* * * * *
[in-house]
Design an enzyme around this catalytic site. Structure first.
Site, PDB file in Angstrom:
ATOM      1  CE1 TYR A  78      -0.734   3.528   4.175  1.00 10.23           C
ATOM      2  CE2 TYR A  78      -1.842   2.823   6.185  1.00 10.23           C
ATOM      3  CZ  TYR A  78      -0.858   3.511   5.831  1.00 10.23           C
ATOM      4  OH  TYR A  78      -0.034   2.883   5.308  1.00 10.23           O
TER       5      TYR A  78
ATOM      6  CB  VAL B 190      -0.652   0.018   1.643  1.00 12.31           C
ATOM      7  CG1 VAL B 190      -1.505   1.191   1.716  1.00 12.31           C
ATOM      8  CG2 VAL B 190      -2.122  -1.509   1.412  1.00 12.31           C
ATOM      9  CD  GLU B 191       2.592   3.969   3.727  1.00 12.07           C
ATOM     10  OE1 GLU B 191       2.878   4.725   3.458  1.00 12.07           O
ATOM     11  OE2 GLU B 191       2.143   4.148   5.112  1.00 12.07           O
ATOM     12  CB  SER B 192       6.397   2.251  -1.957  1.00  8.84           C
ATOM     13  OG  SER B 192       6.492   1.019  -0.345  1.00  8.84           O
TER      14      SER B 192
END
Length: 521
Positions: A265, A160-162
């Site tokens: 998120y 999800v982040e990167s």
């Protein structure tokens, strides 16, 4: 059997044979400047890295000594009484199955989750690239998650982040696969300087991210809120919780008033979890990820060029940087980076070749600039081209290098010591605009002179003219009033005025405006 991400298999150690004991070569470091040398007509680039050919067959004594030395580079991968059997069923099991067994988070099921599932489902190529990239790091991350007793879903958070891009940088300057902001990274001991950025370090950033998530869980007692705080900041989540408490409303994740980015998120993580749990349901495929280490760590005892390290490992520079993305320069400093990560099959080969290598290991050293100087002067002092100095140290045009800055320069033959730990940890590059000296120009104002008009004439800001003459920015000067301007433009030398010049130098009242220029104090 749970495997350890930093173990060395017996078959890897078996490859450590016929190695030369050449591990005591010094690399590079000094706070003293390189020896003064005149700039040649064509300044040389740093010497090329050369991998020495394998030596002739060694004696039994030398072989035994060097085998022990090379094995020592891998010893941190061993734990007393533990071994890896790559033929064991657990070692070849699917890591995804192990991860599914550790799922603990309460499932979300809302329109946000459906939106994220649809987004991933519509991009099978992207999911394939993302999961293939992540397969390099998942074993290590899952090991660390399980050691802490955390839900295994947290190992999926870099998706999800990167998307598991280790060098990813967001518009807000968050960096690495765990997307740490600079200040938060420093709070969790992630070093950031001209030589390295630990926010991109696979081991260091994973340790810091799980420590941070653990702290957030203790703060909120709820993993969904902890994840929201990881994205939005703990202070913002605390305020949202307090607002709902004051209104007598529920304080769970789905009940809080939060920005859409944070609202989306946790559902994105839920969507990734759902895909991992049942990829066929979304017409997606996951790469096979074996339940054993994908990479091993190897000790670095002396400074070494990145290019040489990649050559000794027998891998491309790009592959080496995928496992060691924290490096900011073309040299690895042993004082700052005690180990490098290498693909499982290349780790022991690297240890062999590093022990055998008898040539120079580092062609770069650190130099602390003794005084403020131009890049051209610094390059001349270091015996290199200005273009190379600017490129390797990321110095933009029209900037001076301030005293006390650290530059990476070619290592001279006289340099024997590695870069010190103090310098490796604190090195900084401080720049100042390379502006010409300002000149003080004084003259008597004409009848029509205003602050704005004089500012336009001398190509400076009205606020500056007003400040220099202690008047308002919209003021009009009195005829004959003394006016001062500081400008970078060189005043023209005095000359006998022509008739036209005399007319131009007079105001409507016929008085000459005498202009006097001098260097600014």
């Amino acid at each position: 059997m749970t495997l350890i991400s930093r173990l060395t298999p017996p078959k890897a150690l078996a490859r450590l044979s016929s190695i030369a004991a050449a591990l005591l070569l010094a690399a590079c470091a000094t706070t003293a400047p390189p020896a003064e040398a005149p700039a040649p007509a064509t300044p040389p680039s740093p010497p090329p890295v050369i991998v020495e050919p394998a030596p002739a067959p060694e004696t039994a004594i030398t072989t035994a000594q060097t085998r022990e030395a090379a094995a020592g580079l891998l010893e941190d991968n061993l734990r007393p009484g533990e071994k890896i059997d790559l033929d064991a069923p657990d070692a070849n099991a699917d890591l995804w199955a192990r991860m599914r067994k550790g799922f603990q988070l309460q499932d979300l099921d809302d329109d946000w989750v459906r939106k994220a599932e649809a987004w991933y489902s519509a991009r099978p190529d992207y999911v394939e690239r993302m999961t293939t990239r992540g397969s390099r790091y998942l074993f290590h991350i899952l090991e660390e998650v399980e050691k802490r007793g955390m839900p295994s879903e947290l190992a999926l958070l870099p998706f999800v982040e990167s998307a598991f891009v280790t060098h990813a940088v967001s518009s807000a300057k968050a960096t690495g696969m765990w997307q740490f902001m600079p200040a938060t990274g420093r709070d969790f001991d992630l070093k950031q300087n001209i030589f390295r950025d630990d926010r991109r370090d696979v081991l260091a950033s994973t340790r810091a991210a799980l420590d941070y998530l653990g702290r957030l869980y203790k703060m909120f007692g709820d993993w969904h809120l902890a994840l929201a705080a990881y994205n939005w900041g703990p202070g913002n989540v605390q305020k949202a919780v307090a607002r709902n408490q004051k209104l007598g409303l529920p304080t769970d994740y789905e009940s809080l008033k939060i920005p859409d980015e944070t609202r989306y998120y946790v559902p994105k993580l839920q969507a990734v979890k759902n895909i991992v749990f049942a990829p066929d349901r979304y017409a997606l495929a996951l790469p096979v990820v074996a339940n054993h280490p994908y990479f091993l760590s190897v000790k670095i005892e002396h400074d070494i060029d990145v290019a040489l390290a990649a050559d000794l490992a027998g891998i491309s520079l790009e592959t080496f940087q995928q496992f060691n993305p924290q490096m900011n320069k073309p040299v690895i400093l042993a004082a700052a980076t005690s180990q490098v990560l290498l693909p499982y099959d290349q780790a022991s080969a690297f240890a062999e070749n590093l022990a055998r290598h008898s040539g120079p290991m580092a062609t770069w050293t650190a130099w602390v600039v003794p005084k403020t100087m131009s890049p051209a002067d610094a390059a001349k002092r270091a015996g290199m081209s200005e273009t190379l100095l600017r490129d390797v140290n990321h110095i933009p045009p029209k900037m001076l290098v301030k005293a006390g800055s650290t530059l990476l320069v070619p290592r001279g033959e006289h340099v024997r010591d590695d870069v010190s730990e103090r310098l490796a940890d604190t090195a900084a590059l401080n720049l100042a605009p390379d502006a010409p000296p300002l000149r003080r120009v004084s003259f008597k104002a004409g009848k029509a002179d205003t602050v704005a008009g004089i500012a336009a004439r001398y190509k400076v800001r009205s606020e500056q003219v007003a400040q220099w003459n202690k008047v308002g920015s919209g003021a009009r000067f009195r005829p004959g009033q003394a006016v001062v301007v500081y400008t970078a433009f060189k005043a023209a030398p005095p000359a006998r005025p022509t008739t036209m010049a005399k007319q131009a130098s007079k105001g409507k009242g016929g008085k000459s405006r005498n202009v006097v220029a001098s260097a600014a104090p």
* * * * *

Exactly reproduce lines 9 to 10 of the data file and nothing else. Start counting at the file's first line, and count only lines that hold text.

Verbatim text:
ATOM      6  CB  VAL B 190      -0.652   0.018   1.643  1.00 12.31           C
ATOM      7  CG1 VAL B 190      -1.505   1.191   1.716  1.00 12.31           C